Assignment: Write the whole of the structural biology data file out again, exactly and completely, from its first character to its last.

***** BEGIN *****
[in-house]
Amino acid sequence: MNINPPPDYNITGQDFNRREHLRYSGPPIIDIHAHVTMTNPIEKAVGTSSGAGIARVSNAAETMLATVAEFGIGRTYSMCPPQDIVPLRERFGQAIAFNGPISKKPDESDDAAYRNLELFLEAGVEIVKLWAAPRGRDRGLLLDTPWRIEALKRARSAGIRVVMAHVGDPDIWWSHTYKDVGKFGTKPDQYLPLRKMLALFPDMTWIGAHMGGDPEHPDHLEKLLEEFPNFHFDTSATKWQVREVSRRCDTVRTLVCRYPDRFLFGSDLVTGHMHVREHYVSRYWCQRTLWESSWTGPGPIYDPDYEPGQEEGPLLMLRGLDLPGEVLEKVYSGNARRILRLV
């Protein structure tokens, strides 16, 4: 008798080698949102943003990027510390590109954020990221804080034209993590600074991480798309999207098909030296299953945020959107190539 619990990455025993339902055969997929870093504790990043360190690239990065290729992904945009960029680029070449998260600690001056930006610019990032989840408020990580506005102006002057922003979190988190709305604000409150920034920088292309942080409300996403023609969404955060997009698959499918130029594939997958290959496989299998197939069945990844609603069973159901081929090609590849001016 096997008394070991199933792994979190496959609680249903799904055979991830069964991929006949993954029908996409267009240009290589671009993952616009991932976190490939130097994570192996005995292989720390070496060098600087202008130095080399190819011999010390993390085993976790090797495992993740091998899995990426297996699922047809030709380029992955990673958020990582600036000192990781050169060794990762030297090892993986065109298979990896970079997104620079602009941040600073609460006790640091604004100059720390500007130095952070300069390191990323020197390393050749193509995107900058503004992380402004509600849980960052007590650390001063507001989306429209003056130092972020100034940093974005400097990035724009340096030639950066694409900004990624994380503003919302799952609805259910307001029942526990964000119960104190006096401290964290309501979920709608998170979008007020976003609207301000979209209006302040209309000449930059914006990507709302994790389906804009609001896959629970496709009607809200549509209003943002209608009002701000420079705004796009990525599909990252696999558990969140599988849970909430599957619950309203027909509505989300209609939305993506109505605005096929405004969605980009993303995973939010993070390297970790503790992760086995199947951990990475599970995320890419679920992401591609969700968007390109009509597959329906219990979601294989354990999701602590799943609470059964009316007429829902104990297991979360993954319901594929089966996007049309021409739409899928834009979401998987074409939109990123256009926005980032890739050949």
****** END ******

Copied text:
[in-house]
Amino acid sequence: MNINPPPDYNITGQDFNRREHLRYSGPPIIDIHAHVTMTNPIEKAVGTSSGAGIARVSNAAETMLATVAEFGIGRTYSMCPPQDIVPLRERFGQAIAFNGPISKKPDESDDAAYRNLELFLEAGVEIVKLWAAPRGRDRGLLLDTPWRIEALKRARSAGIRVVMAHVGDPDIWWSHTYKDVGKFGTKPDQYLPLRKMLALFPDMTWIGAHMGGDPEHPDHLEKLLEEFPNFHFDTSATKWQVREVSRRCDTVRTLVCRYPDRFLFGSDLVTGHMHVREHYVSRYWCQRTLWESSWTGPGPIYDPDYEPGQEEGPLLMLRGLDLPGEVLEKVYSGNARRILRLV
């Protein structure tokens, strides 16, 4: 008798080698949102943003990027510390590109954020990221804080034209993590600074991480798309999207098909030296299953945020959107190539 619990990455025993339902055969997929870093504790990043360190690239990065290729992904945009960029680029070449998260600690001056930006610019990032989840408020990580506005102006002057922003979190988190709305604000409150920034920088292309942080409300996403023609969404955060997009698959499918130029594939997958290959496989299998197939069945990844609603069973159901081929090609590849001016 096997008394070991199933792994979190496959609680249903799904055979991830069964991929006949993954029908996409267009240009290589671009993952616009991932976190490939130097994570192996005995292989720390070496060098600087202008130095080399190819011999010390993390085993976790090797495992993740091998899995990426297996699922047809030709380029992955990673958020990582600036000192990781050169060794990762030297090892993986065109298979990896970079997104620079602009941040600073609460006790640091604004100059720390500007130095952070300069390191990323020197390393050749193509995107900058503004992380402004509600849980960052007590650390001063507001989306429209003056130092972020100034940093974005400097990035724009340096030639950066694409900004990624994380503003919302799952609805259910307001029942526990964000119960104190006096401290964290309501979920709608998170979008007020976003609207301000979209209006302040209309000449930059914006990507709302994790389906804009609001896959629970496709009607809200549509209003943002209608009002701000420079705004796009990525599909990252696999558990969140599988849970909430599957619950309203027909509505989300209609939305993506109505605005096929405004969605980009993303995973939010993070390297970790503790992760086995199947951990990475599970995320890419679920992401591609969700968007390109009509597959329906219990979601294989354990999701602590799943609470059964009316007429829902104990297991979360993954319901594929089966996007049309021409739409899928834009979401998987074409939109990123256009926005980032890739050949």